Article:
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No Graves As Yet: A Novel (World War I) Paperback – July 26, 2005
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"Warlight" by Michael Ondaatje
A dramatic coming-of-age story set in the decade after World War II, "Warlight" is the mesmerizing new novel from the best-selling author of "The English Patient." Learn more
PRAISE FOR ANNE PERRY AND HER VICTORIAN NOVELS
“Intelligently written and historically fascinating.”
—The Wall Street Journal
“You can count on a Perry tale to be superior.”
—The San Diego Union-Tribune
“[A] master of crime fiction who rarely fails to deliver a strong story and a colorful cast of characters.”
—The Baltimore Sun
The Reavley Chronicles
From the Hardcover edition.
From the Inside Flap
Through Anne Perry's magnificent Victorian novels, millions of readers have enjoyed the pleasures and intrigue of a bygone age. Now, with the debut of an extraordinary new series, this "New York Times bestselling author sweeps us into the golden summer of 1914, a time of brief enchantment when English men and women basked in the security of wealth and power, even as the last weeks of their privileged world were swiftly passing. Theirs was a peace that led to war.
On a sunny afternoon in late June, Cambridge professor Joseph Reavley is summoned from a student cricket match to learn that his parents have died in an automobile crash. Joseph's brother, Matthew, as officer in the Intelligence Service, reveals that their father had been en route to London to turn over to him a mysterious secret document--allegedly with the power to disgrace England forever and destroy the civilized world. A paper so damning that Joseph and Matthew dared mention it only to their restless younger sister. Now it has vanished.
What has happened to this explosive document, if indeed it ever existed? How had it fallen into the hands of their father, a quiet countryman? Not even Matthew, with his Intelligence connections, can answer these questions. And Joseph is soon burdened with a second tragedy: the shocking murder of his most gifted student, beautiful Sebastian Allard, loved and admired by everyone. Or so it appeared.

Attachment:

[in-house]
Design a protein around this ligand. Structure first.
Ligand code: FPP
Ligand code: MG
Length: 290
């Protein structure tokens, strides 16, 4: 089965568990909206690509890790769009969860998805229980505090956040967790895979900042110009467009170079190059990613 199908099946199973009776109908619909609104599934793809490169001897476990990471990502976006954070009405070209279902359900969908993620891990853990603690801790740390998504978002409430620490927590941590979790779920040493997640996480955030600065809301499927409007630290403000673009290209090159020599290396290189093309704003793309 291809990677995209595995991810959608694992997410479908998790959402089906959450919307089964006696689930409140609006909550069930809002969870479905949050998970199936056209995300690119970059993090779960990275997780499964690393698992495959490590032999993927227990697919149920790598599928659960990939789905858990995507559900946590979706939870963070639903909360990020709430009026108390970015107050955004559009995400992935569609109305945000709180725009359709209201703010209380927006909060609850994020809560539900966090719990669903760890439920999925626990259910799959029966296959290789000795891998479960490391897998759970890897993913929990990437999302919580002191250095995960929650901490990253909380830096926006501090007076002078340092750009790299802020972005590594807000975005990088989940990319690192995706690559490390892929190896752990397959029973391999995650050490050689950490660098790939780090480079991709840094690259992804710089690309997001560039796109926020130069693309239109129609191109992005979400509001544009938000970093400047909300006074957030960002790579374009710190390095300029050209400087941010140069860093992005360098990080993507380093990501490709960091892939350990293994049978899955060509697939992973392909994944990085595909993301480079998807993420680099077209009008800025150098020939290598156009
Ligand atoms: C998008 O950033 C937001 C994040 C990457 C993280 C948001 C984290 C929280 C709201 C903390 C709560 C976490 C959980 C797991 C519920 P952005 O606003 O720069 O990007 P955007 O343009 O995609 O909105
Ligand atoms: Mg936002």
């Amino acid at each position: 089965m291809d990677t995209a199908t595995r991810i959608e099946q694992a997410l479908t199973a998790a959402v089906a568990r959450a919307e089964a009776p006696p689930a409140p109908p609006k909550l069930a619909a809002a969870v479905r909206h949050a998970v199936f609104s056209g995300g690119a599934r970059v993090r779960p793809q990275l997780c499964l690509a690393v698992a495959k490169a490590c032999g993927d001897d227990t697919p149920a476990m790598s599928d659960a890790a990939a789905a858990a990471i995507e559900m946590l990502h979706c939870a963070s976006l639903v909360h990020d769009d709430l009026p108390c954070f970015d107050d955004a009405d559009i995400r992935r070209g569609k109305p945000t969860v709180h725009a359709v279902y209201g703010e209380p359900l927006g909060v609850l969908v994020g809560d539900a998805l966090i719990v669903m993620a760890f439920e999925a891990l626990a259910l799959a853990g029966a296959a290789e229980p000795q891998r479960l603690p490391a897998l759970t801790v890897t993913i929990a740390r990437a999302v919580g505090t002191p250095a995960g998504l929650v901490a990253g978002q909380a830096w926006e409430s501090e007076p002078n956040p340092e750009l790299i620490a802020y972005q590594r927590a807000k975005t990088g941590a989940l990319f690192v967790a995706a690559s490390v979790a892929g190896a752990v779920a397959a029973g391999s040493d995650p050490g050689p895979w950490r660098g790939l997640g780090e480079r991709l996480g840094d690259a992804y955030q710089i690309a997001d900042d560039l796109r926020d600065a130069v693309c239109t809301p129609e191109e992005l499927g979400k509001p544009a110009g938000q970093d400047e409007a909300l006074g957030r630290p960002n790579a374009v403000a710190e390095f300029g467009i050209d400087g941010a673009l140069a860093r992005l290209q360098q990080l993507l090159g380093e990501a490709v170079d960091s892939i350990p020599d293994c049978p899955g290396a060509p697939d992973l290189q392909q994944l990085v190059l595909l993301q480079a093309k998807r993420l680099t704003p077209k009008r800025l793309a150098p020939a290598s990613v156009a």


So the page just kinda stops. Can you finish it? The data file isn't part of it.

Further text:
Meanwhile, England's seamless peace is cracking--as the distance between the murder of an Austrian archduke by a Serbian anarchist and the death of a brilliant university student by a bullet to the head of grows shorter by the day.
Anne Perry is a sublime master of suspense. In"No Graves As Yet, her latest haunting masterpiece, she reminds us that love and hate, cowardice and courage, good and evil are always a part of life, in our own time as well as on the eve of the greatest war the world has ever known.
"From the Hardcover edition.
Top customer reviews
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The writing is excellent, the vocabulary extensive, the historical bent feels accurate and very immediate, and the action will make your heart want to turn the next page.
And Perry’s prose is lyrical. Her research impeccable. Which means one is transported to that setting . The trenches in ww1 were not where anyone would expect to find beauty but the people that manned those trenches are beautiful.
But in 2002 or so, Ms. Perry started a new series of mysteries that are more of historical novel than a set of ongoing whodunits. Set in and around the events of the First World War, and more specifically, one family's survival in the tragedy, there would be a definite beginning and end to the series.